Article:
On the North Slope, the mountains were stark, obtrusive, prehistoric, rising above the undulating tundra. They had passed through four topographical zones and driven 847 miles, that were more like two countries than a single state, and turned into the Wyoming Gage turnout, mile J353 to set up camp.
As the men blew up air mattresses, wandering bunches of caribou tormented them. As soon as the shelter was up, masqueraded in their leafy camo, they headed out for a creek to the only brush cover for miles.
Bulls were roaming the hills in twos and fours, drifting south. For days, Reb and Ben walked miles of muskeg, stalked, lost arrows, fought morning and evening coastal fog.
On the sixth day, they decided on a different technique. The day began crystal clear. By 10 a.m., the coastal fog had filled every valley. The hunters sat alone in pea soup. Damp disgust settled into their bones. Tired of wasted time, they began packing, to look elsewhere.
By 1 p.m. everything but the tent was loaded in the truck. But now it was hot. The riveting sunshine had burned off the fog, and bulls were roaming tantalizingly across the now visible hills. From time to time, the caribou would break off into a run. Bugs were driving them higher to cooler climes.
Throwing their tree garb back on, the hunters left one more time, for ''the big one.''
For 90 minutes, they hiked across the muskeg but decided then to wait, not chase. They split up on two ridges separated by a natural caribou corridor. Reb hunkered down on his ridges peak while Ben scanned from his vantage point. The majestic bulls were in no danger; everything was visible for miles across the unbroken hills. Half dazed by the sun, Ben opened his lunch and began munching.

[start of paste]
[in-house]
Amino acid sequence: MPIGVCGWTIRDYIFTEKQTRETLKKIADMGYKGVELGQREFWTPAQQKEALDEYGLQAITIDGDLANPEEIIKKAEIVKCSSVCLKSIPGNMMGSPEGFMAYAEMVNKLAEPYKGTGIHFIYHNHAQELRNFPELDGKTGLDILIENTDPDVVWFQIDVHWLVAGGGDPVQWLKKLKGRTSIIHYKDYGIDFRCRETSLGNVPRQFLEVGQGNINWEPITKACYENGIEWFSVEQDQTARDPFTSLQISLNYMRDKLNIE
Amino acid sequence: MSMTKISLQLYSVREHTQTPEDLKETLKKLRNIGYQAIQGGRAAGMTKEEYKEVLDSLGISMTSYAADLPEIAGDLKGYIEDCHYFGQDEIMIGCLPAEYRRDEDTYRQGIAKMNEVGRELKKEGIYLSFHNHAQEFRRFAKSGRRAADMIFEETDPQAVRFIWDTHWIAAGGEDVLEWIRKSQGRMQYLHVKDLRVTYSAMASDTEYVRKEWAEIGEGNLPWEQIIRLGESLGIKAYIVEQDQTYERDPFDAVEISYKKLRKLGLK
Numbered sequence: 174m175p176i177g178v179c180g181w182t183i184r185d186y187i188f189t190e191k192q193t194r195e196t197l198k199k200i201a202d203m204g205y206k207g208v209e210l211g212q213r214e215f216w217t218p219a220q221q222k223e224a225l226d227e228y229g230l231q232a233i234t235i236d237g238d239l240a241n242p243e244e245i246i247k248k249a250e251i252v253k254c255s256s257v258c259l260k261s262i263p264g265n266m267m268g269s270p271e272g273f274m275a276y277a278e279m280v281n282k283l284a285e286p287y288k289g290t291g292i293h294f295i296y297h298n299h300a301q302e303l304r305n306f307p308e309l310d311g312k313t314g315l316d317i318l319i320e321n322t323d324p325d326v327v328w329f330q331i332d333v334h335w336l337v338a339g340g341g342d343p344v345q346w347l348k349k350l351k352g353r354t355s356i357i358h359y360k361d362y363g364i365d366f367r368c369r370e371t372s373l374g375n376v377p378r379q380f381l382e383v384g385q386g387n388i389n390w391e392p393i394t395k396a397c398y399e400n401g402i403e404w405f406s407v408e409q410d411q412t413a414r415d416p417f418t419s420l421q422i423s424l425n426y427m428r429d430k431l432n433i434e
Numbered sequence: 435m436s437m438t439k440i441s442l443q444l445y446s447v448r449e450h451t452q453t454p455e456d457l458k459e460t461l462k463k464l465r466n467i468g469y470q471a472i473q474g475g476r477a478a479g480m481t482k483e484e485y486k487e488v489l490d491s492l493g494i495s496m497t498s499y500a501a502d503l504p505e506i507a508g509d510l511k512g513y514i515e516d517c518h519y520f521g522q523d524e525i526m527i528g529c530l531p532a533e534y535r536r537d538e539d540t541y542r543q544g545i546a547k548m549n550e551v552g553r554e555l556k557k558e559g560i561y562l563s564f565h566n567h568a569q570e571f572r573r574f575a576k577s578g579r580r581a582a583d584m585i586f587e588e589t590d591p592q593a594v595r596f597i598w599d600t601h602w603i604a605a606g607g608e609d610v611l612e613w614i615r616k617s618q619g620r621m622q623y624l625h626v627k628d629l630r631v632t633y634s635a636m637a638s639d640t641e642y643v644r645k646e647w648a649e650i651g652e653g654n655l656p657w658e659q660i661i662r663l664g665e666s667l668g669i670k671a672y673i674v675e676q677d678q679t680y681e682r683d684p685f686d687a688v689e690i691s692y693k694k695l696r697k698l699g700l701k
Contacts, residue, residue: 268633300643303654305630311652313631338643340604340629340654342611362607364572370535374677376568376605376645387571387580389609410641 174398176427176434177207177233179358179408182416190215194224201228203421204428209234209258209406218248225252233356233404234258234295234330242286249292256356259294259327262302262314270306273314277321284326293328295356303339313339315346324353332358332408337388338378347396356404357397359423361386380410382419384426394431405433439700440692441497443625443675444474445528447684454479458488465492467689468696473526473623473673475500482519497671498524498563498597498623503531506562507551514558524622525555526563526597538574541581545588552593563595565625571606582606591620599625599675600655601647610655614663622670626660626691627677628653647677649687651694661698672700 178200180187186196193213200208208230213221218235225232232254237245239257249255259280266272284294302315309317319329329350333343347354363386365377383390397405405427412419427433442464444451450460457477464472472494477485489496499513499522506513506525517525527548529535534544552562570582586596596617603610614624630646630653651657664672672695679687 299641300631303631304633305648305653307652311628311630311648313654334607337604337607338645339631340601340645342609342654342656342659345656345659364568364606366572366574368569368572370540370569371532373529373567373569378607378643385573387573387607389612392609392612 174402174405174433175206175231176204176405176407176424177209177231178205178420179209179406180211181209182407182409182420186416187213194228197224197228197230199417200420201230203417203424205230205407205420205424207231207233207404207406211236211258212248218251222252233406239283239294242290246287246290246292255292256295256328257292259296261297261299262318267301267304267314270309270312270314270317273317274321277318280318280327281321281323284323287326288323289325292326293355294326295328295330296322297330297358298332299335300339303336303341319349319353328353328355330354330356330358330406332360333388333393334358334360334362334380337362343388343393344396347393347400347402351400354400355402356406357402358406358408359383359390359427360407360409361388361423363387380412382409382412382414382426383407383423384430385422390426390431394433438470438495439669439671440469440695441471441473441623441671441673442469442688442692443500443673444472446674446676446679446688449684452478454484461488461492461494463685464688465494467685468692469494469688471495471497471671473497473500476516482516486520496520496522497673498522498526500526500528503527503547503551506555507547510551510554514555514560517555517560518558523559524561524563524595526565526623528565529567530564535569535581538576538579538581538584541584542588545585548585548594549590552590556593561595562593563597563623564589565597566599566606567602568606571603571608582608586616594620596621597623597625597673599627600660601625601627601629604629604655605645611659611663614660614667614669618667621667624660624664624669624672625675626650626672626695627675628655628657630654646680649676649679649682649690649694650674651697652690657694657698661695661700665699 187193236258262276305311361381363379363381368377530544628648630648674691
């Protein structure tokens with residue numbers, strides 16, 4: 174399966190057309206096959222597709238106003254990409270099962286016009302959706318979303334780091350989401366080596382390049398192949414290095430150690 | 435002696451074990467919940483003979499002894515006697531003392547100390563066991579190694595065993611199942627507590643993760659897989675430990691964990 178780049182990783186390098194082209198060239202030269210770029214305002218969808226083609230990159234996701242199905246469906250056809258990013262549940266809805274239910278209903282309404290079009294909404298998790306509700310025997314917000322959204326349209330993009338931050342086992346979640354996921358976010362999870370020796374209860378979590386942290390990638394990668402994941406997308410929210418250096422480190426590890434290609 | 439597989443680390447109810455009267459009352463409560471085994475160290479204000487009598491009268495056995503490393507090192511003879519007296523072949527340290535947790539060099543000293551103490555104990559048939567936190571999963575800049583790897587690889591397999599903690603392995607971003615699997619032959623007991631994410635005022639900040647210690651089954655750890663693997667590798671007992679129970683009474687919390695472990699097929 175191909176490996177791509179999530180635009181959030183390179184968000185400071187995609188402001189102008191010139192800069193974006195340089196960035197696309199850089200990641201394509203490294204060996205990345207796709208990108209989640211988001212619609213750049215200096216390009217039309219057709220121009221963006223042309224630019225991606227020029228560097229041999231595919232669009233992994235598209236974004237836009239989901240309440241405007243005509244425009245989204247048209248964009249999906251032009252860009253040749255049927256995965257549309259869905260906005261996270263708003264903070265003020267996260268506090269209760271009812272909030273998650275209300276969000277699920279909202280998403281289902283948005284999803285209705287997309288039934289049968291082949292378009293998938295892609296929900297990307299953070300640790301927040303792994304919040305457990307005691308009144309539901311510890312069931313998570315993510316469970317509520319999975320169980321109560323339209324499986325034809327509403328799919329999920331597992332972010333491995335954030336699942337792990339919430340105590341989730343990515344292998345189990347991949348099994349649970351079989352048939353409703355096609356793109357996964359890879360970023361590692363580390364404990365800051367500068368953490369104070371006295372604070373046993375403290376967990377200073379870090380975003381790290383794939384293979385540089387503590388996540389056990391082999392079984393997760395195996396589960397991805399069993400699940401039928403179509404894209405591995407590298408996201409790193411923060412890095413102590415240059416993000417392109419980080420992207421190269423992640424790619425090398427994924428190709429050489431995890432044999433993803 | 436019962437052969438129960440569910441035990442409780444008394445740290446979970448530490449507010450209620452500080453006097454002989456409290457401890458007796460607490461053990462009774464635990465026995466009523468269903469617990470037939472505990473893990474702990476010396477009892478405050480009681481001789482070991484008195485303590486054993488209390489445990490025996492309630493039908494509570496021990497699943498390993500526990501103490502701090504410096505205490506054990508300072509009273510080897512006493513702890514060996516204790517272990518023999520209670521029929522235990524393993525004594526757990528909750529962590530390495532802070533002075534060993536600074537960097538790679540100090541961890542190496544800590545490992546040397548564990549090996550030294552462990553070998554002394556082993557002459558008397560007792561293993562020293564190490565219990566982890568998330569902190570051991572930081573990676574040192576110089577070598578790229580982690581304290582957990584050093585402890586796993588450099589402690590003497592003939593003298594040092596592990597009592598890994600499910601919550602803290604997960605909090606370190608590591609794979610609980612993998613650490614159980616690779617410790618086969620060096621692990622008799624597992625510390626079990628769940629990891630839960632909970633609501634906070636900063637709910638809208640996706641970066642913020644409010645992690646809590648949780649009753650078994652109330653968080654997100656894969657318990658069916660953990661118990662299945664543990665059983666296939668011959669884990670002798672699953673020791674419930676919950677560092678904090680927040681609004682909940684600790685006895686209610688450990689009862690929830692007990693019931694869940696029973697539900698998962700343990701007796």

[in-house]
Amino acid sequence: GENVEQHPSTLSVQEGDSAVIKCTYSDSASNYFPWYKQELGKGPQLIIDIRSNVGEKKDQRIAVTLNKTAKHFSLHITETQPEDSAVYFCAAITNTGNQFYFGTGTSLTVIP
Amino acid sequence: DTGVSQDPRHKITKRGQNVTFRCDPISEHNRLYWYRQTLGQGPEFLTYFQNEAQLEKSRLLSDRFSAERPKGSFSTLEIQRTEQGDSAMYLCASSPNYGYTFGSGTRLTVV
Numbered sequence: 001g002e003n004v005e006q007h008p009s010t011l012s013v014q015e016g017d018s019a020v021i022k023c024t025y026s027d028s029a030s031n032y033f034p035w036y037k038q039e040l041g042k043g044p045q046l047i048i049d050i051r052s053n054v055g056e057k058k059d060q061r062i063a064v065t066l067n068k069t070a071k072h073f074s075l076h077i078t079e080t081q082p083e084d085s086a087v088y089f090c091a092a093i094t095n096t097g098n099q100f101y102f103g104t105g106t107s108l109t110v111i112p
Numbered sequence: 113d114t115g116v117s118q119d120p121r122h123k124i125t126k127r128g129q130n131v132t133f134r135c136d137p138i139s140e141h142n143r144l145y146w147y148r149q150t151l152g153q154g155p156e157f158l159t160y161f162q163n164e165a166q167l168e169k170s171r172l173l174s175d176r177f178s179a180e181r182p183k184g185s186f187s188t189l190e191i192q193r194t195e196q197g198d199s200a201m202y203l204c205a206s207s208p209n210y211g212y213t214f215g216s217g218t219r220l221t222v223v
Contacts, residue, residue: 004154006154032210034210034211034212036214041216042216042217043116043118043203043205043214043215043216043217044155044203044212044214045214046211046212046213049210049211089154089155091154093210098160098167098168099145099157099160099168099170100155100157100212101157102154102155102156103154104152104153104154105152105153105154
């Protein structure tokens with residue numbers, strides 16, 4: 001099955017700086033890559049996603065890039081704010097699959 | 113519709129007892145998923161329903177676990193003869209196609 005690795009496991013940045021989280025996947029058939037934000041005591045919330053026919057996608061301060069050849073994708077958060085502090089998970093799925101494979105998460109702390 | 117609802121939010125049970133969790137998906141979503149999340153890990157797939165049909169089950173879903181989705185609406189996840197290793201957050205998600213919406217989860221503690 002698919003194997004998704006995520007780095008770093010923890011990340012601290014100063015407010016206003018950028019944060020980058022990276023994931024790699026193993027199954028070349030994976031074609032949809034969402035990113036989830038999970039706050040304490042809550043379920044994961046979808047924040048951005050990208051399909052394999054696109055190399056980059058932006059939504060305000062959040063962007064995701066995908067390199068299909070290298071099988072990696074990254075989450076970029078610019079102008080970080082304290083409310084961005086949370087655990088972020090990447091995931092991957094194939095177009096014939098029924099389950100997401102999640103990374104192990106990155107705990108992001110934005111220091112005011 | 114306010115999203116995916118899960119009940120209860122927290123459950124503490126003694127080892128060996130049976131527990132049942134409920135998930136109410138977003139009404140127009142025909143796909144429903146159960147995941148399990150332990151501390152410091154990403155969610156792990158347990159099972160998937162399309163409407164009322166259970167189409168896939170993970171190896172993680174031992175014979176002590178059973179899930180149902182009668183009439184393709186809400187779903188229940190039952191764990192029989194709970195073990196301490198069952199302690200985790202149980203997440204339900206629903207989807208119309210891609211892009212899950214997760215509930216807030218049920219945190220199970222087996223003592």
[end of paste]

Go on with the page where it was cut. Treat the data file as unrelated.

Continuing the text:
Startling him out of his stupor, a medium-sized caribou, driven wild by the warble flies, ran straight for him on the ridge. He ducked behind a bush, but the caribou had spotted him against the horizon. ''Well, that's it,'' Ben sighed, having carelessly let himself be ''sky-lined.'' But the caribou was in front of his dad's ridge, running toward Ben, 200 yards away. He didn't dare risk drawing his bow, but let the bull pass, giving him a 50-yard berth.
Through the sights of his 50-yard pin, he moved his bow in sync with the running caribou, then aimed just above his back. ''Yo!'' he yelled. ''Hey!'' The animal, startled, turned. Ben let his weapon fly. Entering the bull's ribs and passing through his lungs in one shot, the arrow, incredibly, did the job.
''We got a downed caribou!'' Ben yelled but his voice drifted out over the open tundra. Hearing something, Reb walked laconically toward his son, sure they were going to stalk another missed caribou.
''Well,'' he said, scanning the horizon, ''Where?''
''There's a sleeping bull over there!'' Ben pointed, playing the trickster.
''Where?'' his dad craned his neck looking at something strange.
''There's a sleeping caribou, Dad, only 100 yards out. We can still get him.''
''Dad!'' Ben exploded, ''We got a dead caribou!''
Reb's eyes softened as he cuffed Ben affectionately. The two packed the meat back to camp as the golden sunset warmed their faces. The 17-year-old, the son of the ''Trenton hunter'' had closed the gap. He could sit now by Clint's hearth and tell his older brother's son of ''the great one,'' the bull Uncle Ben shot in the Brooks Range in 2001.
(Distributed by The Associated Press) ------
Peninsula Clarion © 2016. All Rights Reserved. | Contact Us